British credit card issuers typically charge a fee equivalent to 1% to 3% of your transaction, so carefully review your card’s fine print to avoid statement surprises. Some cards designed for travel come with no foreign transaction fees, so this could be a good time to switch.
Currency conversion fees
If a retailer offers to bill your credit card in sterling, dynamic currency conversion comes into play. While this might sound like a good deal, you’ll actually end up getting a worse exchange rate, and you might also end up paying currency conversion fees. Whenever you’re presented with an option, choose to pay in local currency.
Cash advance fees
Using your credit card to withdraw money from an ATM may not make sense unless it’s a bona fide emergency. Each time you withdraw funds from an ATM, you’re likely to pay a cash advance fee. Your APR for cash advances is typically higher than your purchase APR, and you’ll typically get no grace period on interest — instead, you start paying interest immediately. Again, some cards designed for overseas spending will waive the cash advance fee.
The table below serves as an example of how much extra you may pay to use your credit card for in Iceland.
What is a cash advance fee?
A cash advance fee is calculated (and charged) when you withdraw cash from your credit card. It’s usually the greater of a flat fee or a percentage of the transaction. For example, “2.5% of the transaction, minimum £3.00”.
How to prepare before travelling to Iceland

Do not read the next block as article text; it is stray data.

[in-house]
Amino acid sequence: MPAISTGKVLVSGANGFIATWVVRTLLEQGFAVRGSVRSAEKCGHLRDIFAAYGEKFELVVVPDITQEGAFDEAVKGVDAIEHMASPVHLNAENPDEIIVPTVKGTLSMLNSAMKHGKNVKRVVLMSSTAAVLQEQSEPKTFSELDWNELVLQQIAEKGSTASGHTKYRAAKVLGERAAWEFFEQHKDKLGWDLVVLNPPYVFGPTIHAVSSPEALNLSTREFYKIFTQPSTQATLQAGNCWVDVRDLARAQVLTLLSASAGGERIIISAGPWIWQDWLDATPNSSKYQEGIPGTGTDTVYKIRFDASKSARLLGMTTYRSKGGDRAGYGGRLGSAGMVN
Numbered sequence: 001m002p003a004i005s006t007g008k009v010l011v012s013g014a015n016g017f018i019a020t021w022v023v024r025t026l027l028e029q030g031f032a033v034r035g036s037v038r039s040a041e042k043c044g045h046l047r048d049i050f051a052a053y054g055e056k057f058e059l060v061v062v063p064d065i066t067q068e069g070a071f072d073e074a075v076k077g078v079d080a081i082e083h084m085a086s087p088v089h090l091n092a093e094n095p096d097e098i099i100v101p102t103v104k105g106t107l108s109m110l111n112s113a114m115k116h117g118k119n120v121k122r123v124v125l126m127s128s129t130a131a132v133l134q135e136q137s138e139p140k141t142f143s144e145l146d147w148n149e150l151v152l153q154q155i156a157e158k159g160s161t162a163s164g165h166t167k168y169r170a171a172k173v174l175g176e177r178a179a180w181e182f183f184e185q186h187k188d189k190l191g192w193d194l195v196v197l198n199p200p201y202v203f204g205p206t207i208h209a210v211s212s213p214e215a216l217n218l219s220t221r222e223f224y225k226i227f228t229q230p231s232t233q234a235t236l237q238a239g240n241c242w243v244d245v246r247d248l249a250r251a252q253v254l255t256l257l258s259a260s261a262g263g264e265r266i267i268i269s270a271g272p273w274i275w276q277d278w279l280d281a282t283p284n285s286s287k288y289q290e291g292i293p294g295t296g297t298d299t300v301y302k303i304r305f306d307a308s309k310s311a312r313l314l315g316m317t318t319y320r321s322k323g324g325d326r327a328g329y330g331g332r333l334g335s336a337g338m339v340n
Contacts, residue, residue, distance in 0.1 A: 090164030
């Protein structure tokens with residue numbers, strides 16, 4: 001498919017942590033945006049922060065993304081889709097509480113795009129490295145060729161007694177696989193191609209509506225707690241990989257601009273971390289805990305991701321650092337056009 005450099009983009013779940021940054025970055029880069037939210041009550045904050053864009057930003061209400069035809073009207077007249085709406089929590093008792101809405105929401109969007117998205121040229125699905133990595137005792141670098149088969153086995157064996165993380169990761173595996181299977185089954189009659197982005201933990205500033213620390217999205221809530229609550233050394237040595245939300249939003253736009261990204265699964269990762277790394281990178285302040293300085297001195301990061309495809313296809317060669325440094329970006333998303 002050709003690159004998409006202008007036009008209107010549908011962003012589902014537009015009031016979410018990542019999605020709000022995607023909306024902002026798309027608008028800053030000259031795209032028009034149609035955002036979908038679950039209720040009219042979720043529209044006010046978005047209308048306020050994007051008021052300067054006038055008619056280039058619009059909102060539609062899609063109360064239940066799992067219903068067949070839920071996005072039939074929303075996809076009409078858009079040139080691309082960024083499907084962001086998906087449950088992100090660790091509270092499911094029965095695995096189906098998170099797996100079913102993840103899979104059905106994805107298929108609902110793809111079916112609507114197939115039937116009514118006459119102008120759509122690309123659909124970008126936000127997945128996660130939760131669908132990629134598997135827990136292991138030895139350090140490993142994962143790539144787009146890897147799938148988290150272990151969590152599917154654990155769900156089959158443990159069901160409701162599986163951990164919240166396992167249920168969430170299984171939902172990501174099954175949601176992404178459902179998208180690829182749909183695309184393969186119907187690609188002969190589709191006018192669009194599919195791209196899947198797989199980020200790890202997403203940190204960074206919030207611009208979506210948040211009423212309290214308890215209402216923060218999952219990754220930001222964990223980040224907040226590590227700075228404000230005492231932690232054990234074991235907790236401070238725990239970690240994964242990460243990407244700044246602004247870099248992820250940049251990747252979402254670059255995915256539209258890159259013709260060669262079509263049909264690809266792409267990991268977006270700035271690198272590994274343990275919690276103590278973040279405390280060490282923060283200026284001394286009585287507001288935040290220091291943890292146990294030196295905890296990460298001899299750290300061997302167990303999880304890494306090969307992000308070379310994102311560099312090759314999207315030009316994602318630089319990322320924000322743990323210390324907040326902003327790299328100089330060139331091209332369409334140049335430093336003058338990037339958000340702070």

- Go with Visa or Mastercard. Carry at least two cards on your trip to Iceland, preferably connected with Visa or Mastercard. If you just take an American Express card, you won’t get to use it in many places.
- Think no foreign transaction fees. When there are cards that come with no foreign transaction fees, using ones that charge 2% or 3% of each overseas transaction does not make sense. Some of these cards don’t charge an annual fee, either.
- Keep your bank posted. Banks, in their efforts to thwart fraudulent transactions, block credit cards if they detect suspicious activity such as unexpected overseas transactions. To make sure this does not happen to your card, let your bank know about your travel plans before you leave the UK.
- Keep the emergency number handy. Know which numbers you’ll need to call if you end up losing your card or if you need an emergency replacement.
- Know where you’ll get cash from. Consider using your debit card to withdraw cash from ATMs. If you need to exchange money, stick to banks or official money-exchange offices because possessing counterfeit money in Iceland is a serious crime. Try to avoid exchanging money at airports and popular tourist destinations because of typically poor exchange rates.
Ask yourself these simple questions before you leave so your spending in Iceland does not hit any roadblocks.
- Which cards will I take? Visa and Mastercard are the favourites. If you’re planning a trip, check out cards which give you complimentary airport lounge access. If you’re planning well in advance, consider earning air miles for your trip with a frequent flyer credit card.
- Have I let my bank know? If you don’t inform your bank about your travel plans, you may end up with a temporarily suspended card.
- What fees do I need to pay? If your existing cards come with foreign transaction fees, look for one that does not. Paying in Sterling outside of the UK might come with currency conversion fees.
- How will I get cash? Using your debit card at an ATM is the simplest way to access your own money. You can carry cash and traveler’s cheques with you. Exchanging sterling to króna is easy and you’ll get several options.
When you’re in Iceland, you don’t have to worry about where and when you can use your credit card. Just keep some cash handy to pay for small purchases.